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Politics // Coffee Break
Jerry Coffee

U.S. Military Spending Falling Behind

A Chinese Army Z-9WZ attack helicopter, designed and manufactured by China, performs a flight demonstration for press at a base of Chinese People's Liberation Army, Army Aviation 4th Helicopter Regiment | AP photo/Andy Wong

A Chinese Army Z-9WZ attack helicopter, designed and manufactured by China, performs a flight demonstration for press at a base of Chinese People’s Liberation Army, Army Aviation 4th Helicopter Regiment | AP photo/Andy Wong

Although a quick glance at a bar graph of military expenditures by the U.S., Russia and China – the three largest militaries in the world – shows the United States with an apparent disproportionate advantage, it says nothing about current trends to become stronger or weaker. Nor does it say anything about the willingness of the leadership of those three countries to even use their military power.

In the past few years, China rapidly has built up all phases of its military, especially its navy. In fact, it has been referred to as an “anti-navy” navy, meaning the development of weapon systems and tactics to specifically target the U.S. Navy. For example, cruise missiles and submarines specifically designed to take out a U.S. aircraft carrier, which, if accomplished, would be tantamount to a naval 9-11 and could either undermine our resolve and morale, or invite nuclear retaliation.

In my book, it should be the latter.

China has been increasingly aggressive in probing several disputed areas and island chains of the South and East China seas as well as posting vigorous protests when other nations – primarily the U.S., Japan and the Philippines – transit areas of the high seas that China claims to own.

Both China and Russia are on track to nearly double their military budgets in the next two years. Of course, adding to the volatility of the area, we have North Korea’s unpredictable dictator Kim Jong Un, who recently has fired nuclear-capable missiles over Japan and shelled parts of South Korea.

On the opposite side of the globe, as I pen this column, Russian flags are flying on some government buildings in eastern Ukraine, “unidentified” (read Russian) troops are occupying some of those buildings, and thousands of Russian troops are massed over the border from Ukraine, just waiting for some contrived pretext to storm across.

Earlier in the standoff, a Russian fighter-bomber made a dozen threatening low passes on a U.S. Navy ship in the international waters of the Black Sea. The plane drew closer to the ship with each pass. Just another cynical spit in the eye by Comrade Putin.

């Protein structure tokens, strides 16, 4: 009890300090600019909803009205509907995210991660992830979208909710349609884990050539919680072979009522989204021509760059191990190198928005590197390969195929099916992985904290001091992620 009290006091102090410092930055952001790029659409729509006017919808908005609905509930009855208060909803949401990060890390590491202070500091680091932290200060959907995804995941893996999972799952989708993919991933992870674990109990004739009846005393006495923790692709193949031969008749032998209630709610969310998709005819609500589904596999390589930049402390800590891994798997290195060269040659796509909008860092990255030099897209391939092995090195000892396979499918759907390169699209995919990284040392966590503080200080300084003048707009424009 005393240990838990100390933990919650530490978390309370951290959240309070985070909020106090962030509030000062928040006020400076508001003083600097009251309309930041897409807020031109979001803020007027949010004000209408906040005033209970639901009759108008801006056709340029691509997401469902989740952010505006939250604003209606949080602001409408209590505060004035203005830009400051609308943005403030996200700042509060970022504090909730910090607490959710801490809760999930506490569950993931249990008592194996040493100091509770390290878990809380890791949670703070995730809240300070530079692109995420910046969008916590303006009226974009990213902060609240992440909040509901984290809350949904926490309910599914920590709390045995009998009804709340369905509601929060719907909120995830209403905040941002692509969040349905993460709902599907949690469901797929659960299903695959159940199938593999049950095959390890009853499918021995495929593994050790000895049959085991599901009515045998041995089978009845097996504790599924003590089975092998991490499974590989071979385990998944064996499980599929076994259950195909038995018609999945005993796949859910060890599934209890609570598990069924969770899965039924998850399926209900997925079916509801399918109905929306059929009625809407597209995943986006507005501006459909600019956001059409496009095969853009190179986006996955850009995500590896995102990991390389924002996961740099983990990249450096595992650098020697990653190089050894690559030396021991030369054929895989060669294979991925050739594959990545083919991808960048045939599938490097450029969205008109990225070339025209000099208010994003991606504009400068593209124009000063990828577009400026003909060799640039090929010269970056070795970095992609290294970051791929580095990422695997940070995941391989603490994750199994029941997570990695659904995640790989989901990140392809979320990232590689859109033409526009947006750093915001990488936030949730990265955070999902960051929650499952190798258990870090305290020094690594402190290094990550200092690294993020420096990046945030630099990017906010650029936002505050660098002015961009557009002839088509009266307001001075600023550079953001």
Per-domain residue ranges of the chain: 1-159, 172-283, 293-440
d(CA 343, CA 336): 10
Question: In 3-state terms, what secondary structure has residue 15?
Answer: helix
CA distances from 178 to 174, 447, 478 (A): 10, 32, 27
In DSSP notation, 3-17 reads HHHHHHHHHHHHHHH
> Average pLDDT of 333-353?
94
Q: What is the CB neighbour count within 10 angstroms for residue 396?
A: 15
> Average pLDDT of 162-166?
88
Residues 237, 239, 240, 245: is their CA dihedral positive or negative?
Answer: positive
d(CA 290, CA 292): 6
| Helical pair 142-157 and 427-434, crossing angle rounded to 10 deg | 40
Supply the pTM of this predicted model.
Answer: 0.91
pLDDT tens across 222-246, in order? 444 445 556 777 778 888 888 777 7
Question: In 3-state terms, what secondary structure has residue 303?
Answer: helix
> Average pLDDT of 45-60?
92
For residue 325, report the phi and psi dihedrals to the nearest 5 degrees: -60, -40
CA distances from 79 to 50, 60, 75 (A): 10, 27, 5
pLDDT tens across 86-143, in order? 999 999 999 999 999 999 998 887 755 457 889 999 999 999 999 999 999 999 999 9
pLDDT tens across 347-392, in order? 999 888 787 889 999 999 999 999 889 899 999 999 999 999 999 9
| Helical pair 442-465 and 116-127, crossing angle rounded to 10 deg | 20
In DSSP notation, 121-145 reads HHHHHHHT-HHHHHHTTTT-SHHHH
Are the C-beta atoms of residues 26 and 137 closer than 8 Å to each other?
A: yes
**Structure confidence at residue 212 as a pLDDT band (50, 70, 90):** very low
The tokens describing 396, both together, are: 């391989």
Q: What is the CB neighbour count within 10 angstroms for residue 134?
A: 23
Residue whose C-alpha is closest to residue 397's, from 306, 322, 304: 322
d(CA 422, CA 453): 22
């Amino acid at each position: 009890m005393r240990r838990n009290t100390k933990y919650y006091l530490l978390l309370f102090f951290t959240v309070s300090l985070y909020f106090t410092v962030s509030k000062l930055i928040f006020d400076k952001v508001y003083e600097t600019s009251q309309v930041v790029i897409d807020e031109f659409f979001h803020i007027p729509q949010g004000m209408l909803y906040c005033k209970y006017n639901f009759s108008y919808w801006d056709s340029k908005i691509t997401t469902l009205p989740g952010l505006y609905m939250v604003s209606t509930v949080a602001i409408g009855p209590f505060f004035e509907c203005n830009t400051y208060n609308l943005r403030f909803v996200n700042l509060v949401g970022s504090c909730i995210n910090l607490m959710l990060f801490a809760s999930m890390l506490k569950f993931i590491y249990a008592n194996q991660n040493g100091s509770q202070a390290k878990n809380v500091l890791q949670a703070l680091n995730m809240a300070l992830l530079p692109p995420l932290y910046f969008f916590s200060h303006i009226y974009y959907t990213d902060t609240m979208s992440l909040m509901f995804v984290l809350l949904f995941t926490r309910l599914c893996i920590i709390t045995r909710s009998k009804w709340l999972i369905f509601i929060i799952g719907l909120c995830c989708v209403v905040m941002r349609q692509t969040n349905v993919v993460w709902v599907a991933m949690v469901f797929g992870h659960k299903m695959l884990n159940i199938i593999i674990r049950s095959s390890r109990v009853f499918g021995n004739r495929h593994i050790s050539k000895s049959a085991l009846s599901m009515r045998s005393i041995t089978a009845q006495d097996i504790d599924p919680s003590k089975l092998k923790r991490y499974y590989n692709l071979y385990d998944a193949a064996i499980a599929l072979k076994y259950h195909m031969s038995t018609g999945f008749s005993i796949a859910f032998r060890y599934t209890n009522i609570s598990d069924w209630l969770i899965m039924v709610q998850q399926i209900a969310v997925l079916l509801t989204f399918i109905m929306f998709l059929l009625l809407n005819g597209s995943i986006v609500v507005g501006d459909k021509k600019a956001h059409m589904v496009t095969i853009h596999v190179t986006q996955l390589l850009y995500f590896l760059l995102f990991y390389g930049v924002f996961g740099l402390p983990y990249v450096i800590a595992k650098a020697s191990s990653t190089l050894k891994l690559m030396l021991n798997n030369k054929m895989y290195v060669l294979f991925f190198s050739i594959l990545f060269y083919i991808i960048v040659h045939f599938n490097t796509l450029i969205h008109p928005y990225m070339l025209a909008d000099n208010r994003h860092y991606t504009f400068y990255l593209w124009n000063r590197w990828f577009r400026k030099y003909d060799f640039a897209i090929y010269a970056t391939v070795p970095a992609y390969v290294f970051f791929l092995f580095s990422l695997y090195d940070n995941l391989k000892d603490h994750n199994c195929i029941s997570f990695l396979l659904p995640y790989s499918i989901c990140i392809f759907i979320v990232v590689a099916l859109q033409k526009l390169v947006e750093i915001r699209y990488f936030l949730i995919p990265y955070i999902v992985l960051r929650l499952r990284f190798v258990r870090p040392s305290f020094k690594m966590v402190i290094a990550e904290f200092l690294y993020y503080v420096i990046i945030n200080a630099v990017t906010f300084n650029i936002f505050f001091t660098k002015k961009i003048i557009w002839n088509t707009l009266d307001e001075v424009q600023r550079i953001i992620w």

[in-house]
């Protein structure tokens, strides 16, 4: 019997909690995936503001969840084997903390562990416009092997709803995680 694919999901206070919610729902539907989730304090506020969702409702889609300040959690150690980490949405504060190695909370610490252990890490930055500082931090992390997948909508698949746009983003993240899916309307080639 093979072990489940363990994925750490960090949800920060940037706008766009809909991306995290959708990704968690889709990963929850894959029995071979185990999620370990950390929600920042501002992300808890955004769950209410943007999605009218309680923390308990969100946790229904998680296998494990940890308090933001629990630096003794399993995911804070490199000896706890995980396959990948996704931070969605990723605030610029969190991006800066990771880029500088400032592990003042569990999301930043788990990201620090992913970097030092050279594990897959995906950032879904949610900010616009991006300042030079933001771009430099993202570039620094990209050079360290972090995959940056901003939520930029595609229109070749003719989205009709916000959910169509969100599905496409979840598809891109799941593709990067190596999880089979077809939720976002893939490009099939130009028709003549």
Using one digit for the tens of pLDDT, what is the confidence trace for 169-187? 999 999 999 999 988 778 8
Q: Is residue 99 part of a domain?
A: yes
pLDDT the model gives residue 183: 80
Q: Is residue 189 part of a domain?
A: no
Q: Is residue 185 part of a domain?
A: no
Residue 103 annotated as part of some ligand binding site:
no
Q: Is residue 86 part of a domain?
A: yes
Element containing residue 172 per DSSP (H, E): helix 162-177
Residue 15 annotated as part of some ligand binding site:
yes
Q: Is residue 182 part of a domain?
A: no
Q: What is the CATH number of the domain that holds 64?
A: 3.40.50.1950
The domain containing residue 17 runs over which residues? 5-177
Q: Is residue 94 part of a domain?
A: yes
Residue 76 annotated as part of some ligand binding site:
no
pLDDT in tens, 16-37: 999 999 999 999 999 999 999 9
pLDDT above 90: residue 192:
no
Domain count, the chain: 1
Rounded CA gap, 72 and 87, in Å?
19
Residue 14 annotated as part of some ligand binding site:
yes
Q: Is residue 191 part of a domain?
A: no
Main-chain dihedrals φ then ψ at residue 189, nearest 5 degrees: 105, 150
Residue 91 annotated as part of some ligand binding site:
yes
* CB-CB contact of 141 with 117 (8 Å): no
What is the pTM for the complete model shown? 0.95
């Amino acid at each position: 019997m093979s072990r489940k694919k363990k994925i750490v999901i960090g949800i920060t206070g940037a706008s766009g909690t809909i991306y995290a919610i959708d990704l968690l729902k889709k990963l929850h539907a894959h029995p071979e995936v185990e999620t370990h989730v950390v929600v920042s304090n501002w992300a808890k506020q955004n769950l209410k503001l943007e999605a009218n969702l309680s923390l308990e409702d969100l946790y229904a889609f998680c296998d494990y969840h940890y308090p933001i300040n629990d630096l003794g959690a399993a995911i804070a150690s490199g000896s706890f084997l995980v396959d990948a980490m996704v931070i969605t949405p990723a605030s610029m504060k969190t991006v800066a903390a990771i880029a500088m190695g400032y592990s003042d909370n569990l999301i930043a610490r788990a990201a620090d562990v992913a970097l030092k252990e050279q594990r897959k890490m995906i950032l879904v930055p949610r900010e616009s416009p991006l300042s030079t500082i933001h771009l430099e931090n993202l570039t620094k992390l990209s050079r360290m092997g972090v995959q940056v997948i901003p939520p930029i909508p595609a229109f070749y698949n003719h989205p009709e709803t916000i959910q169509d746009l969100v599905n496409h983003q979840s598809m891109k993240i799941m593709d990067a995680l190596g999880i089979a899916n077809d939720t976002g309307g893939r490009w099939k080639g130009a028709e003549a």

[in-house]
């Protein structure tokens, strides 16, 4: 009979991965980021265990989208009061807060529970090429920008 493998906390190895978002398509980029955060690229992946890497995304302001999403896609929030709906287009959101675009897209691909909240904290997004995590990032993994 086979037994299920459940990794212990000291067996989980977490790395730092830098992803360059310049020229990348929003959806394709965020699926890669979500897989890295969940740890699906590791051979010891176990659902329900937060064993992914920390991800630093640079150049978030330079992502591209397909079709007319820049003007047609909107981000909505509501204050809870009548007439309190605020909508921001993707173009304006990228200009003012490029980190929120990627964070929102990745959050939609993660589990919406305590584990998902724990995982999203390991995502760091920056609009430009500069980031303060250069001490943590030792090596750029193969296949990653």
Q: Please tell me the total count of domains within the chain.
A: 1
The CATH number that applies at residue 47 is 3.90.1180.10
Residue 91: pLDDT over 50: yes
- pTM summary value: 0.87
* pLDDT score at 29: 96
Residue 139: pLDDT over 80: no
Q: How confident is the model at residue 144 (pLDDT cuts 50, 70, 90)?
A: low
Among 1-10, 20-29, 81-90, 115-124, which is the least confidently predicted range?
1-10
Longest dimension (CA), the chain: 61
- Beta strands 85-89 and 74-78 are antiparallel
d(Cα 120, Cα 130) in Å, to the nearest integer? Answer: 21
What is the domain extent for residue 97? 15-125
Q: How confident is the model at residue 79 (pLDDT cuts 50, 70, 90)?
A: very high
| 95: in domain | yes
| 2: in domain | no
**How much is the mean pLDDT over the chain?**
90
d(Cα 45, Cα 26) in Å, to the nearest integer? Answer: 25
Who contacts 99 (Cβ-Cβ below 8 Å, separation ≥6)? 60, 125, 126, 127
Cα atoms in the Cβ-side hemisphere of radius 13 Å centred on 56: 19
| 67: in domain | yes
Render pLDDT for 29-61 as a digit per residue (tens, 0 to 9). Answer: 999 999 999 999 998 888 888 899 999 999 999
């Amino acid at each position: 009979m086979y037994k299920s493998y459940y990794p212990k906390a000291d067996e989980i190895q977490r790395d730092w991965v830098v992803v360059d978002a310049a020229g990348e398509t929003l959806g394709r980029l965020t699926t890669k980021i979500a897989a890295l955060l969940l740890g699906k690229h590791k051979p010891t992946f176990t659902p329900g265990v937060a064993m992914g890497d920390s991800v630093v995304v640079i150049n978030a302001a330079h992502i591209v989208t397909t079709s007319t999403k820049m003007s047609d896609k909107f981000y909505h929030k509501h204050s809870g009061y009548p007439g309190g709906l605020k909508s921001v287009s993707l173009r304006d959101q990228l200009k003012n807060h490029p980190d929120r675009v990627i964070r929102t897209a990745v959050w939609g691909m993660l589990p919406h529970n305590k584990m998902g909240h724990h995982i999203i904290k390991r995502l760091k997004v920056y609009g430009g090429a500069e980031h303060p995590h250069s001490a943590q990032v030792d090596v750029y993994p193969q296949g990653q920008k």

By the time you read this, the “Eastern Ukraine” may have become the first new Russian satellite in the new “cold war” which, according to our president, no longer exists.

President Obama has said: “Of course Ukraine is not a member of NATO because of its complex history with Russia, nor will Russia be dislodged from Crimea or deterred from further escalation by military force.” So there you have it, Mr. Putin, fear no “dislodgement” nor “deterrence” from the U.S.

We do have an ace in the hole in the form of reinstating our intention to go ahead with the Strategic Defense Initiative (SDI) with our Eastern European allies. This was an anathema to the Russians, which is why it should go back on the agenda.

So we have ample evidence (not to mention that of international terrorism) of an ever-increasingly dangerous world. So what is the U.S. response? We drastically decrease our defense spending, of course (gotta level that playing field), to a level before the beginning of World War II. But isn’t that why the Japanese bombed Pearl Harbor, because they thought we were just a paper tiger?

Ah, for the days of the Reagan presidency (which replaced the Carter post-Vietnam military drawdown that resulted in the Iranian hostage crisis) – you remember, those halcyon days of “Peace Through Strength.” The toughest kids on the playground never get challenged or bullied. It ain’t rocket science. coffee1776@gmail.com

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